British government rejects petition for second EU referendum

London, July 9 (IANS) The British Government on Saturday rejected a call for a second referendum on European Union membership in a petition that was signed by more than 4.1 million people following the Brexit vote.

It was the most-signed government petition since the process was introduced in 2011, the Independent reported.

However in an official reply, the Foreign Office said 33 million people had had their say and “the decision must be respected”.

“We must now prepare for the process to exit the EU,” the news report quoted the Foreign Office as saying.

The petition, which was set up by a Brexit supporter before the referendum was held, had called for the government to annul the results if the Remain or Leave vote won by less than 60 per cent on a turnout of less than 75 per cent.

Government petitions which reach over 100,000 signatures must be considered for debate in parliament.

The Foreign Office said: “The EU Referendum Act received Royal Assent in December 2015. The Act was scrutinised and debated in Parliament during its passage and agreed by both the House of Commons and the House of Lords… The Act did not set a threshold for the result or for minimum turnout.”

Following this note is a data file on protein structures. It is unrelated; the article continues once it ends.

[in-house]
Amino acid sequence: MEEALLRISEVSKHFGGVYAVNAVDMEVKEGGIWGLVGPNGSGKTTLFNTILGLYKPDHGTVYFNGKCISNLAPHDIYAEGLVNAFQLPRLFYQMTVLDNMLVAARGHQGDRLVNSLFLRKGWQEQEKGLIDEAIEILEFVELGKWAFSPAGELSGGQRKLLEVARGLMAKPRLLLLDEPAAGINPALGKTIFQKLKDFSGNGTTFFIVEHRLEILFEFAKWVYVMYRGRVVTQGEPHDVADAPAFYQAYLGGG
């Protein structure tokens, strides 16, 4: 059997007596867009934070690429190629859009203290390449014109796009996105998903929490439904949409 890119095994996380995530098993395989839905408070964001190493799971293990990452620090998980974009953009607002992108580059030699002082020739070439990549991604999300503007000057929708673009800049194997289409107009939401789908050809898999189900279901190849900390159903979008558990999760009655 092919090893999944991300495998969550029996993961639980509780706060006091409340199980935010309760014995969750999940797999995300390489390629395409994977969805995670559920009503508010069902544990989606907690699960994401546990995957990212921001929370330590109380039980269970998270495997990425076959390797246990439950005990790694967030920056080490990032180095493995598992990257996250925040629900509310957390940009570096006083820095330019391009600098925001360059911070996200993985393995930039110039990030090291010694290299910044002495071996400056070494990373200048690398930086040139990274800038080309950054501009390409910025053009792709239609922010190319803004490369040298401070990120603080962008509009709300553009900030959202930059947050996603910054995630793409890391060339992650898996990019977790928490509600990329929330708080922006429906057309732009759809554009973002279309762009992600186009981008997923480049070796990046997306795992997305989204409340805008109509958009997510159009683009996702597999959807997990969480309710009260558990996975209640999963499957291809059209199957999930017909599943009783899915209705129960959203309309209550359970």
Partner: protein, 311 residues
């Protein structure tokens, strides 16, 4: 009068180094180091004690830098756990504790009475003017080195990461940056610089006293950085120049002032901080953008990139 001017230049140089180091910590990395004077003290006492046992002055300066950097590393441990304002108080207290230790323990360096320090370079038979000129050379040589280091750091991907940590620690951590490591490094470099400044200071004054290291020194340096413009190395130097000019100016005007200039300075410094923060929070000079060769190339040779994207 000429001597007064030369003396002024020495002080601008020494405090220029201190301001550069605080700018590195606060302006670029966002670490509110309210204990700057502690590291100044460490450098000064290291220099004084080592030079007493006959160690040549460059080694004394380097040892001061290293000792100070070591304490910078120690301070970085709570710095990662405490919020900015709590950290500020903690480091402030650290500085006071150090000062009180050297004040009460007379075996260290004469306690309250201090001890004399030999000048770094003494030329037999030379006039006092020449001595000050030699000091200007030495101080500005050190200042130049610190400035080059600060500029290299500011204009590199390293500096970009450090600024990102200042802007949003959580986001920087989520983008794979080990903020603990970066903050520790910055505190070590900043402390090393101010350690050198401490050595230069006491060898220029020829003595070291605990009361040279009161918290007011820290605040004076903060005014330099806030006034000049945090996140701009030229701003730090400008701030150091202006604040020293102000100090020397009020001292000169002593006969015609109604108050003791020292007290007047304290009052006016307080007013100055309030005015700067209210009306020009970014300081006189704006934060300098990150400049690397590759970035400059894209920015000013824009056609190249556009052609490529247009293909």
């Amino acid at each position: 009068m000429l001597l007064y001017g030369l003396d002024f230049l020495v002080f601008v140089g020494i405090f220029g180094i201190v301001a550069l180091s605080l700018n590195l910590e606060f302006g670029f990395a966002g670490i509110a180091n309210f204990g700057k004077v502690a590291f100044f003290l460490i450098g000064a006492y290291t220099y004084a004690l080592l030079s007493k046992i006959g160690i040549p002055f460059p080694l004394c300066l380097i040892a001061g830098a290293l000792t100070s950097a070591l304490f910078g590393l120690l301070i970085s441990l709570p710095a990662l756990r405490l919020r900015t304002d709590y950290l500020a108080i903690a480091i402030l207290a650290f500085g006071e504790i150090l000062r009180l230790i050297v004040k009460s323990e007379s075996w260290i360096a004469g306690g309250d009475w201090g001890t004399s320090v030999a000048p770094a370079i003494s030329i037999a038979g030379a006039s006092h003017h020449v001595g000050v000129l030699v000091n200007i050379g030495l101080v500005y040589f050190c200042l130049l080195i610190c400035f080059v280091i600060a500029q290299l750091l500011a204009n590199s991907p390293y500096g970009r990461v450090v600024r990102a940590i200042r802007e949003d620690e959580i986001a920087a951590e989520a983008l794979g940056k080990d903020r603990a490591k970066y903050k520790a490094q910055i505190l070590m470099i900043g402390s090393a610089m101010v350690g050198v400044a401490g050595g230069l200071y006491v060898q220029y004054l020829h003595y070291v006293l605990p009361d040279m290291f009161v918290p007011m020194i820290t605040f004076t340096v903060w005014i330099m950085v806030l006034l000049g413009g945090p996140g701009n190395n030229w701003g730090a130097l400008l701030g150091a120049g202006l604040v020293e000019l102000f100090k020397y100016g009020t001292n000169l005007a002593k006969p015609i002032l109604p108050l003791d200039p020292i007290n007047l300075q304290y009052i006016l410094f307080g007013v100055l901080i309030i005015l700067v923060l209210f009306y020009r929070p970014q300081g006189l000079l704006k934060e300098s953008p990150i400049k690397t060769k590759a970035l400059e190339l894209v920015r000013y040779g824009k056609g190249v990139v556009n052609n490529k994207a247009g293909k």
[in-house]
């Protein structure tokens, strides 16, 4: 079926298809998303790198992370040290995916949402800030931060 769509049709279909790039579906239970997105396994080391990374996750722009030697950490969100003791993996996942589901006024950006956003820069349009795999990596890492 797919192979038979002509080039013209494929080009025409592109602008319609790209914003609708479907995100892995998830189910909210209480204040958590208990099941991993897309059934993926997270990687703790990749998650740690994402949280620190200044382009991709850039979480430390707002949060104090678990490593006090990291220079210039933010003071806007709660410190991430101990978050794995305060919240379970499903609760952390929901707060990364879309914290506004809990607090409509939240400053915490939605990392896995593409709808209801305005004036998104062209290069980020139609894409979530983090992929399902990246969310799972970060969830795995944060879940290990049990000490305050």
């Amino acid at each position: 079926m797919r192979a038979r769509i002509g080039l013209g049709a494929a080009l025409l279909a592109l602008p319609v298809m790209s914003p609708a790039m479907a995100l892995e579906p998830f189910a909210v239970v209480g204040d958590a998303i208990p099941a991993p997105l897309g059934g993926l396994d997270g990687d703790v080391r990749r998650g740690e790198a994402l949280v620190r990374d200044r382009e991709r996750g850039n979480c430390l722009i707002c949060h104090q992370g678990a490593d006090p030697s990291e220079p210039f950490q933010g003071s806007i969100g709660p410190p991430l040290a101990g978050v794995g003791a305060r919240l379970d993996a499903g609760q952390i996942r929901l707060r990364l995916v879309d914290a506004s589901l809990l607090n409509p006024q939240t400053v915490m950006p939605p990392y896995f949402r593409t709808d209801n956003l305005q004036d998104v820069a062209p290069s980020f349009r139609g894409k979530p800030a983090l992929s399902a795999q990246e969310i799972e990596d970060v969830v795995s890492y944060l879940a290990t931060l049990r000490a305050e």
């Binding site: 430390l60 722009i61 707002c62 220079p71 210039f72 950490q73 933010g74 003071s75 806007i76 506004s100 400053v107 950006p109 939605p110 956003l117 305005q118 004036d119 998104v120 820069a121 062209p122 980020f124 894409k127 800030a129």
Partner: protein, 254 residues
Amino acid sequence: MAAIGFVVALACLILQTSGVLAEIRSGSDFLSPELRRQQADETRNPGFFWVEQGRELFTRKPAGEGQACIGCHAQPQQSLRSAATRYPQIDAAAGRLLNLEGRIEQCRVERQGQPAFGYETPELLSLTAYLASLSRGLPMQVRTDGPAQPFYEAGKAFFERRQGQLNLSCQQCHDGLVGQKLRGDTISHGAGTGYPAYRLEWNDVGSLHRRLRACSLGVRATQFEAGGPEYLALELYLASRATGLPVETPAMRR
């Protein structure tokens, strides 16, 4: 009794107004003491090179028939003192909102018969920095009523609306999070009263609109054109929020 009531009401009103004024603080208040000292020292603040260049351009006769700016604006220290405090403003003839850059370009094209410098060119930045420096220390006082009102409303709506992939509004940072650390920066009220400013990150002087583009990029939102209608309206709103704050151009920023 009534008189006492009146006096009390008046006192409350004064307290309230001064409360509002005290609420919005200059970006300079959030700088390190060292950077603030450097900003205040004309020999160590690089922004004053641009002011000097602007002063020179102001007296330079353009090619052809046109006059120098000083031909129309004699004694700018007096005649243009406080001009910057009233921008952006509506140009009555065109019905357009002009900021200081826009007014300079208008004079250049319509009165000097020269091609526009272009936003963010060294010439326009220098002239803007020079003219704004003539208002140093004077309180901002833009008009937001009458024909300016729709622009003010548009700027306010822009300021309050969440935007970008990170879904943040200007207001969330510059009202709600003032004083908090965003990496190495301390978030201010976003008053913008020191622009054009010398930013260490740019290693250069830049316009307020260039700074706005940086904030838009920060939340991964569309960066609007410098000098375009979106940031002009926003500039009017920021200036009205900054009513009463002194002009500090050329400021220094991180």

“As the Prime Minister made clear in his statement to the House of Commons on June 27, the referendum was one of the biggest democratic exercises in British history with over 33 million people having their say.”

“The Prime Minister and Government have been clear that this was a once-in-a-generation vote and, as the Prime Minister has said, the decision must be respected. We must now prepare for the process to exit the EU and the Government is committed to ensuring the best possible outcome for the British people in the negotiations.”

The government’s decision will come as a blow to those who hoped to find a parliamentary means of stopping Britain’s withdrawal from the bloc.

However, calls for a second referendum on the terms of Britain’s departure from the EU are gathering pace. Four out of 10 people would like to see a second referendum before Britain leaves the EU, according to an opinion poll for The Independent.



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